The Hempel Lectures, as they have come to be known, is an annual series of three lectures sponsored by the Department of Philosophy, each on a separate topic within an overall theme. The series began in 1961 when Norman Malcolm visited the department and gave a series of three lectures. The "Three Lecture Series" was renamed in 1989 to honor Carl Gustav Hempel, a central figure in the development of logical empiricism and a friend and colleague of the Department of Philosophy, where he was the Stuart Professor of Philosophy from 1955 until his retirement in 1973. A student of mathematics, physics and philosophy, Hempel is remembered not only for his contributions to the study of philosophy and his meticulous attention to the details of argument and definition, but also for his courtesy, kindness and generosity of spirit. You can read more about Carl Gustav Hempel here.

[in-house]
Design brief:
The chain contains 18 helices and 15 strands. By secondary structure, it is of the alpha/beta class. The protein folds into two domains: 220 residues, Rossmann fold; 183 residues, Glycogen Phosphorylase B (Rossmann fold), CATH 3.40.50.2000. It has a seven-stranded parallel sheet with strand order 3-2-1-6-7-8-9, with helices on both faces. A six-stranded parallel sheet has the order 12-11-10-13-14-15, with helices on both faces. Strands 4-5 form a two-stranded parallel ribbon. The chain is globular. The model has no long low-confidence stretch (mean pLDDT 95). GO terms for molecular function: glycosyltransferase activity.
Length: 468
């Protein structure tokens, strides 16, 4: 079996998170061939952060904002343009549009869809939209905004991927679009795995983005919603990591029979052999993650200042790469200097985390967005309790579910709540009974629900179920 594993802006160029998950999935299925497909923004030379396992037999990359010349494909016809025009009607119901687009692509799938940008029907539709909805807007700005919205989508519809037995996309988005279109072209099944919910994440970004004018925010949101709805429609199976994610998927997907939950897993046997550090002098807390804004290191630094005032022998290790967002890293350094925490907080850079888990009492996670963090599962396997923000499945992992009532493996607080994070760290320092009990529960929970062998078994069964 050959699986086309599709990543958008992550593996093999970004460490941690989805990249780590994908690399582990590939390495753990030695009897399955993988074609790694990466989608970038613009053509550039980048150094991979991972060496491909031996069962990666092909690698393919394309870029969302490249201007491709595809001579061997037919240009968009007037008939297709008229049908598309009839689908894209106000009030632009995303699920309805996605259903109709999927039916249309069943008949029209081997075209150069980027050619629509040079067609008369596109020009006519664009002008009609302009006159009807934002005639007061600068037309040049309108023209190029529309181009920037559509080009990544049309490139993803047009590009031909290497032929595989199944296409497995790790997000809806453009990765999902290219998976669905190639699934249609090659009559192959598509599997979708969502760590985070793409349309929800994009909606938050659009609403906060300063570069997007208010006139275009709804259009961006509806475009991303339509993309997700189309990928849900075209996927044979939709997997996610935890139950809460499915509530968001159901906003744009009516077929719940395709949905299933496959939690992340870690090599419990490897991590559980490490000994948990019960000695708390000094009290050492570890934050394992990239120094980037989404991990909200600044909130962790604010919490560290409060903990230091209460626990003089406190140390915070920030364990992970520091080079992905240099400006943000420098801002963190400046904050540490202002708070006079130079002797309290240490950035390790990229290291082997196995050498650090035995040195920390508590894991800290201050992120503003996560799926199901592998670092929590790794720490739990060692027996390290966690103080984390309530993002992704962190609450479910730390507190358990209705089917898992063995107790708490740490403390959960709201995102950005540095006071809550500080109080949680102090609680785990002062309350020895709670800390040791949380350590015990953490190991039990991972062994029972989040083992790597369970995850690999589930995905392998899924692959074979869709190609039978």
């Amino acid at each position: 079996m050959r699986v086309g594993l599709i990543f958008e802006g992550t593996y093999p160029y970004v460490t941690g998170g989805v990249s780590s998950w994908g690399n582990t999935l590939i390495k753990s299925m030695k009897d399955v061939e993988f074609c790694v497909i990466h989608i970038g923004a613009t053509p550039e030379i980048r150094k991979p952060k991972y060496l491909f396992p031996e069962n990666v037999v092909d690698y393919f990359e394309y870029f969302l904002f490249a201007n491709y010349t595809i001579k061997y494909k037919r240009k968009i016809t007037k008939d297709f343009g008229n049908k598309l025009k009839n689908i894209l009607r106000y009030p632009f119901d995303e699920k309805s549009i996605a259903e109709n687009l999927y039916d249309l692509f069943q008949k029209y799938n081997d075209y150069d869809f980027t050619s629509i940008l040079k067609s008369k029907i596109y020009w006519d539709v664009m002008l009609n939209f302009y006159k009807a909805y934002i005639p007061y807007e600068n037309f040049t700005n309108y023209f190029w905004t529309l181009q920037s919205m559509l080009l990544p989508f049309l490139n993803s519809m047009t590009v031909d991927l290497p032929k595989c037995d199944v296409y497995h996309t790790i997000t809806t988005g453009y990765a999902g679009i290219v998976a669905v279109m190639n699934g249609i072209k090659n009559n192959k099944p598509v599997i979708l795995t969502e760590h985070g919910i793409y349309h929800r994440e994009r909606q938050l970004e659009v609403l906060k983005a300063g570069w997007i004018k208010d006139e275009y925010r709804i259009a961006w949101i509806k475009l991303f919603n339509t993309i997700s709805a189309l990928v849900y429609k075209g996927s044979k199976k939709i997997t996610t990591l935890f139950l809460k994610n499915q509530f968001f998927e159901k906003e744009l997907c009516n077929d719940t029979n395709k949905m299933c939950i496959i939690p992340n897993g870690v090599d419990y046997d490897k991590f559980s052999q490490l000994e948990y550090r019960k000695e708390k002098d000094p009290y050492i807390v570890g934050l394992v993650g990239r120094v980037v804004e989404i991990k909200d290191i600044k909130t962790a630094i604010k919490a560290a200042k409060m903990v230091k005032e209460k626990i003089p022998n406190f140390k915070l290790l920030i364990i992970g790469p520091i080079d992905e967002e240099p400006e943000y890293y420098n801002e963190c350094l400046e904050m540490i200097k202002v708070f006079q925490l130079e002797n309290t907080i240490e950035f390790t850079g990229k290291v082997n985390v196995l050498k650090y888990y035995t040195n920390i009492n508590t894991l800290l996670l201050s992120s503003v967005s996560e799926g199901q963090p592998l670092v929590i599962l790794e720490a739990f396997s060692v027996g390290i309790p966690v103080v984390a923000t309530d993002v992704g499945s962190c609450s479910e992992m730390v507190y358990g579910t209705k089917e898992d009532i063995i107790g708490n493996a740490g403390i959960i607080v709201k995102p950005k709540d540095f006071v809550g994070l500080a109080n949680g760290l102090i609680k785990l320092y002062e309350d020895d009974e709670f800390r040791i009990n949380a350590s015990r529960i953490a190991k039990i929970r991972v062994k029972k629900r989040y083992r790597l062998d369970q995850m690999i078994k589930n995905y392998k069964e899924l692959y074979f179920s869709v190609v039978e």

Carl G. Hempel Lectures
Upcoming Carl G. Hempel Lectures
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Past Carl G. Hempel Lecture Series
Kwame Anthony Appiah (N.Y.U.):
"The Invention of Religion"
Cian Dorr (N.Y.U.):
"The Multiplicity of Meaning"
Sally Haslanger (M.I.T.):
"Ideology, Critique, and Conceptual Amelioration"
Tommie Shelby (Harvard):
"Incarceration as Punishment? Prison Abolition and Critical Theory"
Dan Sperber (Central European University, Budapest/Institut Nicod, Paris):
"Rethinking Social Ontology"
Dorothy Edgington (Birkbeck, University of London):
"Suppositions, Uncertainty and Indeterminacy"